Political correctness is the spearhead of an atrocious assault on our language and an alarming assault on our liberty. In this world-view, policies favouring the expansion of government authority to address domestic problems is, “progressive.” Domestic problems become “crises” so large that only federal government can solve them (i.e. health-care crisis) and to oppose granting that authority is to be selfish or to be against some group that the proposal is supposed to benefit (the children, the elderly, the poor, etc…). It is all eerily reminiscent of James Madison’s warning that, “Crisis is the rallying cry of the tyrant." Believing that the U.S. Constitution grants women the right to terminate a pregnancy is called being, “pro-choice.” But being for educational choice is being “against public education.” Diversity is defined as a group of men and women of different outward appearance and sexual orientation (but not different religious traditions) who share the same political view. Expressing a divergent political view is being against diversity, bigoted, or narrow-minded. Being black and expressing a divergent view is to be, “an Uncle Tom.” How close does that come to Orwell’s FREEDOM IS SLAVERY? At its most comical, the assault on language is reflected in Bill Clinton’s attempt to re-define “is” so he can explain how he didn’t perjure himself. At its most insidious, it designates hate as a crime. Hate crimes legislation imposes an extra penalty on a convict for his unorthodox world-view that motivated one to commit a crime. Homicide itself is a crime, but homicide with hatred is two crimes. How close is this to “crimethink?” How long before the hating becomes a crime without the associated act of violence?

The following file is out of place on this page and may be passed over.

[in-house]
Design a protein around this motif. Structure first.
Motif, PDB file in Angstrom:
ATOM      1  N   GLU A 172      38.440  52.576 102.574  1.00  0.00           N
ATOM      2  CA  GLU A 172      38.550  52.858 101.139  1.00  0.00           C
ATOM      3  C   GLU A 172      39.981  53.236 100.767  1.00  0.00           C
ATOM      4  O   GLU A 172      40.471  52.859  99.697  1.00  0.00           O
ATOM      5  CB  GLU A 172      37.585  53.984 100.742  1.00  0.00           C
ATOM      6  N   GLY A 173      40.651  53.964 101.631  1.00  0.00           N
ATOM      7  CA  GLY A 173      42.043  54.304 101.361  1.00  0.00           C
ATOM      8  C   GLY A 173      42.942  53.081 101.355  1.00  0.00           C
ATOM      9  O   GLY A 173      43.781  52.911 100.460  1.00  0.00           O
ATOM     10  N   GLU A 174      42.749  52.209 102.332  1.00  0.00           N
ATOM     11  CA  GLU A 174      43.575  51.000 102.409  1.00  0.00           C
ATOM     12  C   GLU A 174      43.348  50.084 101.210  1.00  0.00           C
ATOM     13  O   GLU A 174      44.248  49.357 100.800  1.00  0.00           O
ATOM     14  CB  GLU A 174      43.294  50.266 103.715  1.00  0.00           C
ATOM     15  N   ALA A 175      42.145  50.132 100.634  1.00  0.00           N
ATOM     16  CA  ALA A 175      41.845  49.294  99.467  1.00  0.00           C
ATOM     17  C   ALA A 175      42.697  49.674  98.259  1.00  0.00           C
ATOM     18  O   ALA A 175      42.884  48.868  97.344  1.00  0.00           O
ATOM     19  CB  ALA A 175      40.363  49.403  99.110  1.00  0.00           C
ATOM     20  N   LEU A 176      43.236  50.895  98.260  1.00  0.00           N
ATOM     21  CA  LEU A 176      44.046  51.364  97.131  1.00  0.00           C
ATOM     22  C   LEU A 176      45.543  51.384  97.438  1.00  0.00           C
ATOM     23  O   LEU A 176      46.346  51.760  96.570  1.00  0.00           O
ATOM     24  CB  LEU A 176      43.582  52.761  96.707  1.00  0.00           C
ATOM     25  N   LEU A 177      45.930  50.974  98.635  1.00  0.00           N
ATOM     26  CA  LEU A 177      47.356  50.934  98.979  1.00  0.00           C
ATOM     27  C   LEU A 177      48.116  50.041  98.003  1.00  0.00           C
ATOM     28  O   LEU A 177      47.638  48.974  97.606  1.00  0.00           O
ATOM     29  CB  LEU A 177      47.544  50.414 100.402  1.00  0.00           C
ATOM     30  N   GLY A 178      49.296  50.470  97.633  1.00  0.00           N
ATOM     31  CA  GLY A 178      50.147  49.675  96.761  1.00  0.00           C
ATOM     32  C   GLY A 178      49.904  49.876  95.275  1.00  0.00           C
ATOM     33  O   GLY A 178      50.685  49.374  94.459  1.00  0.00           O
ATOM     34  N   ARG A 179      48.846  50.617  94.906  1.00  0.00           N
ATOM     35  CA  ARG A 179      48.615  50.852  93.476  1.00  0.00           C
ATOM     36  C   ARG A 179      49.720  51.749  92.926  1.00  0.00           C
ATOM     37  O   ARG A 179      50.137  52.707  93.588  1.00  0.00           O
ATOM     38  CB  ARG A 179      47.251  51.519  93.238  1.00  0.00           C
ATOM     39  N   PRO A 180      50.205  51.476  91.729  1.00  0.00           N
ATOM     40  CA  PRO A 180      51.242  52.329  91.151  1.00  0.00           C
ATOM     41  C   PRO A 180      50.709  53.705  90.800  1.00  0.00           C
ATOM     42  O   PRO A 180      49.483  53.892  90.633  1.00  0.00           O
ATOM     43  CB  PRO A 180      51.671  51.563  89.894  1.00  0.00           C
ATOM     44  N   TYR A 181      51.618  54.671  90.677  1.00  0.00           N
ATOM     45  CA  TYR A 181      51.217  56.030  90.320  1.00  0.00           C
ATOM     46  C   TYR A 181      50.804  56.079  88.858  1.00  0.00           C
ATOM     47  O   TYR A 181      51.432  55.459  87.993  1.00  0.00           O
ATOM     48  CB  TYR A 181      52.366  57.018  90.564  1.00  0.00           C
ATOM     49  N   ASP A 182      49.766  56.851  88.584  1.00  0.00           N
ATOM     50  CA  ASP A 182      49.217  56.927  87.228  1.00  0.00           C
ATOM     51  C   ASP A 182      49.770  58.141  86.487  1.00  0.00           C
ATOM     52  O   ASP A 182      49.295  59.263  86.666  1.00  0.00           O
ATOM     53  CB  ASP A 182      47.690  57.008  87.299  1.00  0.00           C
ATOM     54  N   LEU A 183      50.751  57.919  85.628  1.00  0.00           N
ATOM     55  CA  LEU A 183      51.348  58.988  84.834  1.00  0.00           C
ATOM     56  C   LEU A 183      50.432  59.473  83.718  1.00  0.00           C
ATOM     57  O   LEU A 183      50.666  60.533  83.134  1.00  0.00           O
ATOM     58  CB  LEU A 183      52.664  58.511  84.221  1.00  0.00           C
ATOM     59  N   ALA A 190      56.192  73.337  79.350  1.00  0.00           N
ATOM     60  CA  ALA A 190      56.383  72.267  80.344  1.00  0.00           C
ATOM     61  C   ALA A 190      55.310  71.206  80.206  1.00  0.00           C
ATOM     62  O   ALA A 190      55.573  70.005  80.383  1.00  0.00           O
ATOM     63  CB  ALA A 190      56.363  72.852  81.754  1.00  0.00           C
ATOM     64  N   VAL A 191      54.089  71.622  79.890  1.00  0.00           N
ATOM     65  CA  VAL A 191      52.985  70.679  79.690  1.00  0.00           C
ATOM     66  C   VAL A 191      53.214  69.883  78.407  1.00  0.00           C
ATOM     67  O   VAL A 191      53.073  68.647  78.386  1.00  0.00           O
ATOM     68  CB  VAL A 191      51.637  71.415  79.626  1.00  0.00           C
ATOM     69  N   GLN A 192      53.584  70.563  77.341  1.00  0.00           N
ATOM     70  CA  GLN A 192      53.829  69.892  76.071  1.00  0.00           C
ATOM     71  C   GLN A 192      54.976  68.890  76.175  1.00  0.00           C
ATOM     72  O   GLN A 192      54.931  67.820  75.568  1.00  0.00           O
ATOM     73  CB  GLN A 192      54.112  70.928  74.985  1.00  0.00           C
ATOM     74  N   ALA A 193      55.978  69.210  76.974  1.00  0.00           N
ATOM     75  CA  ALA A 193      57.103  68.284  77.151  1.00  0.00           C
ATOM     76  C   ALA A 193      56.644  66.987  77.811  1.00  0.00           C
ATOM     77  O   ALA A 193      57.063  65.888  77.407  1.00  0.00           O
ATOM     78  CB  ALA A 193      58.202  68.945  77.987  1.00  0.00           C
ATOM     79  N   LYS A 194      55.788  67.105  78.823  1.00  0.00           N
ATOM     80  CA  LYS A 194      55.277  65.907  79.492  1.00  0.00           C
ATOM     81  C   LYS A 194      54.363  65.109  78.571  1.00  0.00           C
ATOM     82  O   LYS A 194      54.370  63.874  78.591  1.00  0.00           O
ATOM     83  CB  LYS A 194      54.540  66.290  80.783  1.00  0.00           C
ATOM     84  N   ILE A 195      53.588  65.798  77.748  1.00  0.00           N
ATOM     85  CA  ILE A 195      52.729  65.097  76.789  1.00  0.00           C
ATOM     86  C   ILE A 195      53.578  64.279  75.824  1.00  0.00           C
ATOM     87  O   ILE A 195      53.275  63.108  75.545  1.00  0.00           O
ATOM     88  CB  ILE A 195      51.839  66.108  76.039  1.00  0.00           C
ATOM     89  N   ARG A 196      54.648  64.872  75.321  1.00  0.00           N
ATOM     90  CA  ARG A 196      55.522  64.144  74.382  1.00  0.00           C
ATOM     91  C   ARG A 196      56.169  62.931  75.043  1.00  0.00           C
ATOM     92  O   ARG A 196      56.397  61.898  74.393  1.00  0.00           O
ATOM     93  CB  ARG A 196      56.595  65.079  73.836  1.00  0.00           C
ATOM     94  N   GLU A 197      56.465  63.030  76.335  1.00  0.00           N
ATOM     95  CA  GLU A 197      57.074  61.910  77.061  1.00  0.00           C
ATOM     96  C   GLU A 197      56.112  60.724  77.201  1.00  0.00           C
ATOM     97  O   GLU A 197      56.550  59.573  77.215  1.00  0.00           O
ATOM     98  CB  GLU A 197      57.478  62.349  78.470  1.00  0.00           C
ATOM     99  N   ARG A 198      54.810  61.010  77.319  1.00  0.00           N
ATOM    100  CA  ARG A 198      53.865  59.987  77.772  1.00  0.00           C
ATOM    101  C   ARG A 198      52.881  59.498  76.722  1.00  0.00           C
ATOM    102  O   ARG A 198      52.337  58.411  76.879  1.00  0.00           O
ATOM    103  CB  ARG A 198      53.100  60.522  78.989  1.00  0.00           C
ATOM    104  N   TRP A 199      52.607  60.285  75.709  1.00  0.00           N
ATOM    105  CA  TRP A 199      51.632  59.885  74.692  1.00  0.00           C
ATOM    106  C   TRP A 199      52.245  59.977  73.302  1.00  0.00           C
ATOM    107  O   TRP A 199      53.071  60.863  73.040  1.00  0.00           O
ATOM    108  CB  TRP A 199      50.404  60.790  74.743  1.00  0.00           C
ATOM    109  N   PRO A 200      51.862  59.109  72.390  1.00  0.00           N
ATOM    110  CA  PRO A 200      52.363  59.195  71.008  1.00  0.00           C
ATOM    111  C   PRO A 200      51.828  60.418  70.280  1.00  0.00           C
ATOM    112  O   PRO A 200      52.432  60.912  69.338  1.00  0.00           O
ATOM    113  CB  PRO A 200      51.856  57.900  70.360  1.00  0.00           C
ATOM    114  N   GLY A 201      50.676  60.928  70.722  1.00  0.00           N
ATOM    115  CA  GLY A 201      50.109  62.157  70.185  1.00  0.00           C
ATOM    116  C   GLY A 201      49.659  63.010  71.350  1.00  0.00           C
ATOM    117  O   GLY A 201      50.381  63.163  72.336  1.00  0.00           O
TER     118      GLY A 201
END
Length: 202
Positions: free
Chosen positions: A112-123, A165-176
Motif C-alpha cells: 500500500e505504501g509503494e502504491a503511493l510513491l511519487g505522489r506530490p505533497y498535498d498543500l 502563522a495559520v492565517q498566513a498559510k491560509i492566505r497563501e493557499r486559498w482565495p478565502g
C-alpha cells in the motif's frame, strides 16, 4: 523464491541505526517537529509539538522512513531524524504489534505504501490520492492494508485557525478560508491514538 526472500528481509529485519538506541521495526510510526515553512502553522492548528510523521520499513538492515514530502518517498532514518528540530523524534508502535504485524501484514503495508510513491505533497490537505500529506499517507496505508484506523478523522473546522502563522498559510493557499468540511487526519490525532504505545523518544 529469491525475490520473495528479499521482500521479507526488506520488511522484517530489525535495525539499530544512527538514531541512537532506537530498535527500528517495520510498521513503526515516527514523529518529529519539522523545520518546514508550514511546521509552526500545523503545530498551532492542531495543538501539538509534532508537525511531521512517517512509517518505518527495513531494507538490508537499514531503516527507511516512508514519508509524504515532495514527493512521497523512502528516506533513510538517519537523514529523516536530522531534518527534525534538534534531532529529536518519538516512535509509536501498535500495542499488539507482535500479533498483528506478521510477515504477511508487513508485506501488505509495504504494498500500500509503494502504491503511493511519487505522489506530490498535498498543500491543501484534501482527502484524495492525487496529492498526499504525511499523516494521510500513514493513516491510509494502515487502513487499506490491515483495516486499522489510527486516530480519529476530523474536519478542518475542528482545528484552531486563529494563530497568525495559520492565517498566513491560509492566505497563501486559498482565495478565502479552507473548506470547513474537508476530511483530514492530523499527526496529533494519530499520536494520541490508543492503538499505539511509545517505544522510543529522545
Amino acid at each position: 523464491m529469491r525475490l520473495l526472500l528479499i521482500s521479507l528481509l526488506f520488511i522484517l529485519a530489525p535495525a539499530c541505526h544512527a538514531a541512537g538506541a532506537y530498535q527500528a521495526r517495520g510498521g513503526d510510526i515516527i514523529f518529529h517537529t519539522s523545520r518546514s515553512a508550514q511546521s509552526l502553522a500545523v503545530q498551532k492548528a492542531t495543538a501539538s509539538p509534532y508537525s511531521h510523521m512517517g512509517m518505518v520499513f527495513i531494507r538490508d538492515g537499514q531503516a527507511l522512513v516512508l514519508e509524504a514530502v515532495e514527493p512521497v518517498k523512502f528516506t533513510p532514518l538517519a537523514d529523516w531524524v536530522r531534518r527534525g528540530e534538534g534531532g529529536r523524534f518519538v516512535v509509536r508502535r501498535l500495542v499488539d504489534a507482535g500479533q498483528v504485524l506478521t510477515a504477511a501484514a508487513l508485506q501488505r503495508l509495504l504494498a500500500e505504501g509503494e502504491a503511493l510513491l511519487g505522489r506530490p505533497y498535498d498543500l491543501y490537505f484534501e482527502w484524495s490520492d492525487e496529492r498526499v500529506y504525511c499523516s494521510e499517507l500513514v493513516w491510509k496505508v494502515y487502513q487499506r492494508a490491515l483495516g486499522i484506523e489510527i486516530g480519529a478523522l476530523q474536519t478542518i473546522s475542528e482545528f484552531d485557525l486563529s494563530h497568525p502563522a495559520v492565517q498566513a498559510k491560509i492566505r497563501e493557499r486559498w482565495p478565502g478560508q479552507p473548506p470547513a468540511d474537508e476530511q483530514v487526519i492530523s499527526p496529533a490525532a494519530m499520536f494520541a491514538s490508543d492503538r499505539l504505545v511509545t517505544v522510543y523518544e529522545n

But now, the right, through the vehicle of the Republican party, with George W. Bush as the standard-bearer, is in on the act. Expanding the role of federal government is “leaving no child behind,” and by implication opposing the bill is supporting leaving children behind. Opposing expanding the surveillance capacity of the federal government is unPATRIOTic. And speech is restricted in “free speech zones.” Of course the Democrats don’t oppose it, they have been doing it for two decades. Both parties now participate in the assault on liberty and language, and both see things through the same politically correct prism. Perhaps Ralph Nader is correct for the wrong reasons when he argues there isn’t any significant difference between the two parties.